This region has a stage of excitement that leads to impulsiveness and improper behavior which is not appropriate for the environment. According to Townsend (2011, p. 105), undifferentiated schizophrenia includes disorganized behavior and symptoms of psychosis. However, the current symptoms do not fully match other subtypes (Bardwell & Taylor, 2009).

p. 253). Residual schizophrenic disorder is diagnosed when there are less severe schizophrenic behaviors compared to other subtypes, and there may be no presence of psychotic symptoms. The New South Wales Mental Health Act (MHA) (2007) guides contemporary nursing care and pharmacological treatment for individuals with schizophrenia. It emphasizes the provision of the best possible care in an environment that enhances treatment effectiveness.

The focus should

be on empowering individuals to actively participate in their community and maintain a balanced and fulfilling life (MHA 2007, p. 38). Care should also respect the individual's freedom and minimize interference, while ensuring they are fully informed of their rights.

According to MHA 2007, there are multiple duties and interventions available for mental wellness patients (p. 38). The nursing focus for these patients is emphasized to be the establishment of a curative relationship, with the majority of mental wellness care being provided in primary attention (Currid et al. 2011). Considering that mental wellness is a national priority, it is logical to propose that registered nurses would offer care for a patient with schizophrenia in a primary healthcare setting (Elder et al. 2009).

The Australian Government has implemented a National Mental Health Plan that aims to promote a holistic approach within primary healthcare settings. This plan focuses on prevention, rehabilitation, and support for individuals and highlights the significance of addressing various aspects of care for facilitating stabilization and recovery. Bardwell & Taylor (2009) discuss one method employed in this plan - cognitive behavioral therapy.

p. 256) Bardwell ; Taylor (2009) suggest that making positive changes can help alleviate debilitating symptoms like hallucinations and psychotic beliefs, as well as reducing other triggering factors such as stress and stigma.

According to page 257, supportive psychotherapeutics is crucial for recovery and the ability to function normally in society. It is also important to provide family instruction, support, and assistance in order to enhance understanding and create a positive environment that is safe and responsive to the needs of the individual.

SRI (2010) recommends that "supported employment plans, case management, social support, and housing programs"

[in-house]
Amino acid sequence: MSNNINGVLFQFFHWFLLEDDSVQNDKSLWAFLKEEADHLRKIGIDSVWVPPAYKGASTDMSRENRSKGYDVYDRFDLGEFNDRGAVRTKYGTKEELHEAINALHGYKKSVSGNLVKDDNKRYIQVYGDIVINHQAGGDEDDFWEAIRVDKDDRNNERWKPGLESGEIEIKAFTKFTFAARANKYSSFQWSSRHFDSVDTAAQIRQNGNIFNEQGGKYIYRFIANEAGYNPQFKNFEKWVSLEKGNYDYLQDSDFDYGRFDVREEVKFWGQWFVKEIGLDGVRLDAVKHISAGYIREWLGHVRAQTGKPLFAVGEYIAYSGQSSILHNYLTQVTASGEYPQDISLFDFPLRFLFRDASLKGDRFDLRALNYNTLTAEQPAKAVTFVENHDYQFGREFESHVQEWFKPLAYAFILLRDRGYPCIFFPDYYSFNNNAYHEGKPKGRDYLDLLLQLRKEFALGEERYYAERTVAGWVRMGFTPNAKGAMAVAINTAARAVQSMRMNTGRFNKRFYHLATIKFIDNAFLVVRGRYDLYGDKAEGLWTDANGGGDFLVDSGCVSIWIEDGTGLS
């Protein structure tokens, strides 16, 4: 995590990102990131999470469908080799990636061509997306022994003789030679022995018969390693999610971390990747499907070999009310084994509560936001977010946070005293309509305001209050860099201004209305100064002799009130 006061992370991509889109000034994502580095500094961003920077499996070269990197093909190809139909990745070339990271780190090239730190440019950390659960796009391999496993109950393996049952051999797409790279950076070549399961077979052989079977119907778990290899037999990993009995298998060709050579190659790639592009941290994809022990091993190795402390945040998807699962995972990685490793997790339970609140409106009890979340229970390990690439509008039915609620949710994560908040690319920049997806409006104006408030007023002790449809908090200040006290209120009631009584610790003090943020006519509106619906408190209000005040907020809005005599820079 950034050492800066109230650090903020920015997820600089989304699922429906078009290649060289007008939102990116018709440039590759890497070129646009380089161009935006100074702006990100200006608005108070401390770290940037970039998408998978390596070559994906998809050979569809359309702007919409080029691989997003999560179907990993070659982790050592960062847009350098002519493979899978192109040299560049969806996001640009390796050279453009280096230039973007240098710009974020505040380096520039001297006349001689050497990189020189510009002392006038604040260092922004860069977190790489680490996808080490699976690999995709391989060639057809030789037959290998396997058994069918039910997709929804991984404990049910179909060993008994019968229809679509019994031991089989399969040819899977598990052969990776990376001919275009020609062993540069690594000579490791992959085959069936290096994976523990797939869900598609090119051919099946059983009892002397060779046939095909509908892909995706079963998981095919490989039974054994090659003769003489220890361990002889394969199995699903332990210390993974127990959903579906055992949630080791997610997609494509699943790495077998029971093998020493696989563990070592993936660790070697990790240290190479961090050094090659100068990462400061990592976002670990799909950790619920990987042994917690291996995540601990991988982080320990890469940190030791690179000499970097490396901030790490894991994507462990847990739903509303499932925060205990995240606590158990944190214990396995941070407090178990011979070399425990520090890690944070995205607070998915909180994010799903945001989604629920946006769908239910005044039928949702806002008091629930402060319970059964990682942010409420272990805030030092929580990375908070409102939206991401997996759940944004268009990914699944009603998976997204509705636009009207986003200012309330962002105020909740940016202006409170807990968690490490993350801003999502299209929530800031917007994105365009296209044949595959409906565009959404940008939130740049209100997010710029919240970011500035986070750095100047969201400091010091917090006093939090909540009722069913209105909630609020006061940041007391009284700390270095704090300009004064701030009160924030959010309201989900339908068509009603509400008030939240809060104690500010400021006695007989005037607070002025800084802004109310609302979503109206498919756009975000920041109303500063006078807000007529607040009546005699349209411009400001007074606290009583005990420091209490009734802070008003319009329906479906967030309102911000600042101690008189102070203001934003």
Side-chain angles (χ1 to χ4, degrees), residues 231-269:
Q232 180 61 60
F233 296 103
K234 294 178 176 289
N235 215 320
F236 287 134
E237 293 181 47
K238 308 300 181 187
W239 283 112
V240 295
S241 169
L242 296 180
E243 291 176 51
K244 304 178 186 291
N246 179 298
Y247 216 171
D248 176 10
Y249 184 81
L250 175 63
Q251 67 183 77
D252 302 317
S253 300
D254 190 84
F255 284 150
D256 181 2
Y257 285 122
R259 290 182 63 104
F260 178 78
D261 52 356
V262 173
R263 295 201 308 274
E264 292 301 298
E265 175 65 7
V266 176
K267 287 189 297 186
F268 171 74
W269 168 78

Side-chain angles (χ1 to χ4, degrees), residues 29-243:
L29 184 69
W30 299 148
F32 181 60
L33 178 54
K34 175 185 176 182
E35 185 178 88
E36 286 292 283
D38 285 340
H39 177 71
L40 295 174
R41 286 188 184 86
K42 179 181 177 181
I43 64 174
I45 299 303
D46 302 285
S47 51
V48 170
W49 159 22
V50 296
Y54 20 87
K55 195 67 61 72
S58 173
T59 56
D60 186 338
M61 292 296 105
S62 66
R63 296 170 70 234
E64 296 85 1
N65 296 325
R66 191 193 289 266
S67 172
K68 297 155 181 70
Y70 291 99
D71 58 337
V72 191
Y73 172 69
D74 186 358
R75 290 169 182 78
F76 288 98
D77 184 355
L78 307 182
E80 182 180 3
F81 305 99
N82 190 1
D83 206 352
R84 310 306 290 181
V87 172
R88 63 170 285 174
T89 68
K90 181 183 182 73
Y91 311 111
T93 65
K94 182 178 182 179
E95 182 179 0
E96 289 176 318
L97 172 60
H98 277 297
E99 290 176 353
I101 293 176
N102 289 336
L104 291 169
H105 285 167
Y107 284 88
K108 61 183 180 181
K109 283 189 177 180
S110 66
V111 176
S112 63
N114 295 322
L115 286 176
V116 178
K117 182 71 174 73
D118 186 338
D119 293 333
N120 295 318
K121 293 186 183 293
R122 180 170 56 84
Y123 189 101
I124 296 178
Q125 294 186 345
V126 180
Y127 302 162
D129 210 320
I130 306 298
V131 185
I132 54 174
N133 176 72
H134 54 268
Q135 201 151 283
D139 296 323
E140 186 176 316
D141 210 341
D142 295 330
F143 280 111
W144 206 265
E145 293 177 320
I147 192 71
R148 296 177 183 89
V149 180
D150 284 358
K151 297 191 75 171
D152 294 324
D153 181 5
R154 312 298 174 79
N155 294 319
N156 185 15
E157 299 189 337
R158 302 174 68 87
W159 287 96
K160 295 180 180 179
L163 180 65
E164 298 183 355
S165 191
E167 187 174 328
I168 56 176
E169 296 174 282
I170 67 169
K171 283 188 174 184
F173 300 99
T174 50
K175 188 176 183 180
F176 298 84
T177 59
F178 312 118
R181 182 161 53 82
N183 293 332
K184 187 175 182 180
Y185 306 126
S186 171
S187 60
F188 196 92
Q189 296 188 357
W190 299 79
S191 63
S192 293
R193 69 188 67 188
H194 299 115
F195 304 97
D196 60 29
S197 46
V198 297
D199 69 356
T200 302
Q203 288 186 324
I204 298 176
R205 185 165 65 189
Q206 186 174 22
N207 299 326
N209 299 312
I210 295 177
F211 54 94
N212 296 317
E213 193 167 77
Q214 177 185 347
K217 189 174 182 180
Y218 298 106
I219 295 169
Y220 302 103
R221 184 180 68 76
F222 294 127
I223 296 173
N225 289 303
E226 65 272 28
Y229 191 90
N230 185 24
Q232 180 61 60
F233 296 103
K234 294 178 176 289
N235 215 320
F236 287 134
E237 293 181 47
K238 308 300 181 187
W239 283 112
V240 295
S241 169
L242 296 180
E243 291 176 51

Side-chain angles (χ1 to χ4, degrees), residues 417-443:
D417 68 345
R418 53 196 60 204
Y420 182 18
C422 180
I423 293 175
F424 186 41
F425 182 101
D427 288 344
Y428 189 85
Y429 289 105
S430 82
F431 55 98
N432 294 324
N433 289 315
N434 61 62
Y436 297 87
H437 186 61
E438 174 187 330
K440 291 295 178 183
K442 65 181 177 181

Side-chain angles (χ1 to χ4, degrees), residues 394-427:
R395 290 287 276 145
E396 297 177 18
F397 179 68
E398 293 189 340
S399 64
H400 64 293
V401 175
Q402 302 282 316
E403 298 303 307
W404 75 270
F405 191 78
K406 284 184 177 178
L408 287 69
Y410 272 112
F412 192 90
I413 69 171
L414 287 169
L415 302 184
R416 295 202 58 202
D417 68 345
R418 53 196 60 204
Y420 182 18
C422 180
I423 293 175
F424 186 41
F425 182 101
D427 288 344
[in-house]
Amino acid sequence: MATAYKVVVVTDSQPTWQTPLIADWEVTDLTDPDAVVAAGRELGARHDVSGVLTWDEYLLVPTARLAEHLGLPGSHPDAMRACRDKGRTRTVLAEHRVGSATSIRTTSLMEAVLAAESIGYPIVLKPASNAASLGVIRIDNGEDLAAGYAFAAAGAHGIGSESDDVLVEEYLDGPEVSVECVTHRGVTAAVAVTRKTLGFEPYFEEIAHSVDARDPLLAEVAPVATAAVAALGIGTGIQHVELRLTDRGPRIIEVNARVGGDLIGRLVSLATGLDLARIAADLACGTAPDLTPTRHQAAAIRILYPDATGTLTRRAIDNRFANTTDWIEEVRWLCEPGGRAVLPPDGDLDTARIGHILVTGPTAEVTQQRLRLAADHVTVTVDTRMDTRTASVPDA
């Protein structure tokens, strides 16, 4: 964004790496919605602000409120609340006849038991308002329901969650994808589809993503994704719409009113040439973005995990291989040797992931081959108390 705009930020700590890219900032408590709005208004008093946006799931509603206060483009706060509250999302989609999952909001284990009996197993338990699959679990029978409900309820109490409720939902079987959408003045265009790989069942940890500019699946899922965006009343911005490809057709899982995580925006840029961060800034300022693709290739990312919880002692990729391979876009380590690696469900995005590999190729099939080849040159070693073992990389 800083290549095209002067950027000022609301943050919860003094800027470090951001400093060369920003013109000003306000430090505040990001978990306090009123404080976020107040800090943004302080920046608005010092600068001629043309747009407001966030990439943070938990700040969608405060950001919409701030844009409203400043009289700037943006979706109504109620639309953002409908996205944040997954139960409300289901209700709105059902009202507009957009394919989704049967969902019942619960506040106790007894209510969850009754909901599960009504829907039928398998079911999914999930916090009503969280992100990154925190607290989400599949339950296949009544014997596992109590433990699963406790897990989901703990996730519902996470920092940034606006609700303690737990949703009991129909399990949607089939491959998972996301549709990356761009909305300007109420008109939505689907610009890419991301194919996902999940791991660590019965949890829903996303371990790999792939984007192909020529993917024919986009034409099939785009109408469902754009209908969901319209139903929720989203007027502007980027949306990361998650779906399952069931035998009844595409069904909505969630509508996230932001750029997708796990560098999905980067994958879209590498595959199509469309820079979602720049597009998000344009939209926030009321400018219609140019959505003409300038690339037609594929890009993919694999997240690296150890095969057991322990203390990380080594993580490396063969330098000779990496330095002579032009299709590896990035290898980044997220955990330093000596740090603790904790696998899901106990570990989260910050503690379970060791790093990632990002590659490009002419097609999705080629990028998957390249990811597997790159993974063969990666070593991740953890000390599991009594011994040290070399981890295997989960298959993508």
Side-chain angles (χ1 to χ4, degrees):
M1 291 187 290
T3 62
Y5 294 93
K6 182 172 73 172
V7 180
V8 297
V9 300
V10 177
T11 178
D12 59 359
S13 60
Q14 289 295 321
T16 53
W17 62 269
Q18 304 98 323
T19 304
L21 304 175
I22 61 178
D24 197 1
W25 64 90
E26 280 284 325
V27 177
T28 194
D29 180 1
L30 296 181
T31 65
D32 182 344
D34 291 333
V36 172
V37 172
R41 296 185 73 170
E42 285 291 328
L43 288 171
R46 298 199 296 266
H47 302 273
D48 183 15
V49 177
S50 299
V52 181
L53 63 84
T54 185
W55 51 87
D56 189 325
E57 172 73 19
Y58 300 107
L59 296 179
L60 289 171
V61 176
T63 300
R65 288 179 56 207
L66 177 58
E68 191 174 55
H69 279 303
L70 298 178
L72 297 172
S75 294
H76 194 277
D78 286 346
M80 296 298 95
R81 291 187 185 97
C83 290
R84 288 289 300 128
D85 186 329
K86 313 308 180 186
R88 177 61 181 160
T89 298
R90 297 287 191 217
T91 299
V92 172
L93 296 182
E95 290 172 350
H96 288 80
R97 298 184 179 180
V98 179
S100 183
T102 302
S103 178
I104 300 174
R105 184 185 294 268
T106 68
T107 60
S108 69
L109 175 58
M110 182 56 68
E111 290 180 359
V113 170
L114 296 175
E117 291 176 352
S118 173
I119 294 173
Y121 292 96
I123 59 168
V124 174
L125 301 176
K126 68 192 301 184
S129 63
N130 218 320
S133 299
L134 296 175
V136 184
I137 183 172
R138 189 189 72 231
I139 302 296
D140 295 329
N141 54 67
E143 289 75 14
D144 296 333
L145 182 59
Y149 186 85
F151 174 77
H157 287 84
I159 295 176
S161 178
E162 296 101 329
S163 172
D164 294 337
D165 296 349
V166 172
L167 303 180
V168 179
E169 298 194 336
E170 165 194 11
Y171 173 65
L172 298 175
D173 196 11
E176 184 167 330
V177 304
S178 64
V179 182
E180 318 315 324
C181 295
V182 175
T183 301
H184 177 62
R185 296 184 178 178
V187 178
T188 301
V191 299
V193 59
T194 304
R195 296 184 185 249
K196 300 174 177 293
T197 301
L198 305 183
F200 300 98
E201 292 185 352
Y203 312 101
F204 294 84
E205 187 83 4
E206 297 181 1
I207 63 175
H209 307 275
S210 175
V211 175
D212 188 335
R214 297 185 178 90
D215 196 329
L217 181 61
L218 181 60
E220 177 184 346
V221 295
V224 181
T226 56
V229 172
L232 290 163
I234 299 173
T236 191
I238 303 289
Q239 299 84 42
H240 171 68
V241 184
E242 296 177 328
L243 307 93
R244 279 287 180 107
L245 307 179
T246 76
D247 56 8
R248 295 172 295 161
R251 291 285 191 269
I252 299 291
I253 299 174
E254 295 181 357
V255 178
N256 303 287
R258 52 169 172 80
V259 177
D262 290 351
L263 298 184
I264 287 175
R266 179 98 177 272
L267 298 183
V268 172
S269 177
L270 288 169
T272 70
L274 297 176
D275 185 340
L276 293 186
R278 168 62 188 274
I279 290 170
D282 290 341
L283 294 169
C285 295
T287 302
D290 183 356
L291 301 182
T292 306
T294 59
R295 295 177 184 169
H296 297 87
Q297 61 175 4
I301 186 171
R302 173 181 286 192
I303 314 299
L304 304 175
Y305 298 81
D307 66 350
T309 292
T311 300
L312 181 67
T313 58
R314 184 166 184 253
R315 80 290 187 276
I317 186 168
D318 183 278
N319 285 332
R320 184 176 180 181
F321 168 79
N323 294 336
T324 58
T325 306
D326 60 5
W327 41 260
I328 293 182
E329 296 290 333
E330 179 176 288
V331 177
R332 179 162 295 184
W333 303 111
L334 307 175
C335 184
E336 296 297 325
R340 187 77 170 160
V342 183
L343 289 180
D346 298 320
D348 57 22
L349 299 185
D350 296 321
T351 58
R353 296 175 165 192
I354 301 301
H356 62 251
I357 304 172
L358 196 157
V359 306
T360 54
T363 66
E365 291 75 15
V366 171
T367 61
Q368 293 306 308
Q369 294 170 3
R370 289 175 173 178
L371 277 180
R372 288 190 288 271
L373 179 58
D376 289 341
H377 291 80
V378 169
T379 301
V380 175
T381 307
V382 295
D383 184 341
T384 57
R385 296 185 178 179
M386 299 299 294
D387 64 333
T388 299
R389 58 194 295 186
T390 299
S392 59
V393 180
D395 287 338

all contribute to successful rehabilitation and reintegration into society for individuals. Frangou (2008) also supports these ideas.

According to Editor Barker (2009, p. 218), schizophrenia is primarily treated with antipsychotic medications. These medications can be categorized into two types: typical and atypical antipsychotics (p. 407).

Released in the center of the 19th century (Van Os ; A; Kapur 2009, p. 639). Pridmore (2010).

p. 3) The ‘typical’ subgroup includes the original major tranquilizers such as Thorazine, Haldol, fluphenazine, and Navane.

First-generation major tranquilizers, also known as neuroleptics (Van Os ; Kapur 2009. p. 639), work by blocking dopamine receptors and effectively managing psychotic symptoms (Pridmore 2010).

p. 3) With positive symptoms significantly reduced for 60 to seventy percent of individuals (Frangou 2008. p. 407), however, side effects are frequently observed (Van Os & Kapur, 2009).

P.639 ). The side effects can have a terrible, debilitating, and potentially detrimental impact, posing a significant obstacle to adhering to medication.

The side effects of dopamine obstruction include nonvoluntary muscle cramps, akathisia which presents as mental and motor restlessness, and amenorrhea and sterility due to a buildup of lactogenic hormone (Pridmore 2010, p. 4).

According to Pridmore (2010, p.5), weight gain is a common side effect of first-generation antipsychotics. These antipsychotics are also referred to as second-generation antipsychotics (Van Os ; Kapur, 2009, p.).

A range of antipsychotic drugs, such as Clozaril, resperidone, paliperidone, olanzapine, quetiapine, amisulpride, and aripiprazole, are included in the treatment options (Pridmore, 2010, pp. 639).

8-9). According to Keen ; Barker (2009, p. 220), these second-generation medicines are equally effective in reducing positive symptoms compared to their predecessors, if not slightly better.

First generation major tranquilizers have more debilitating side effects compared to second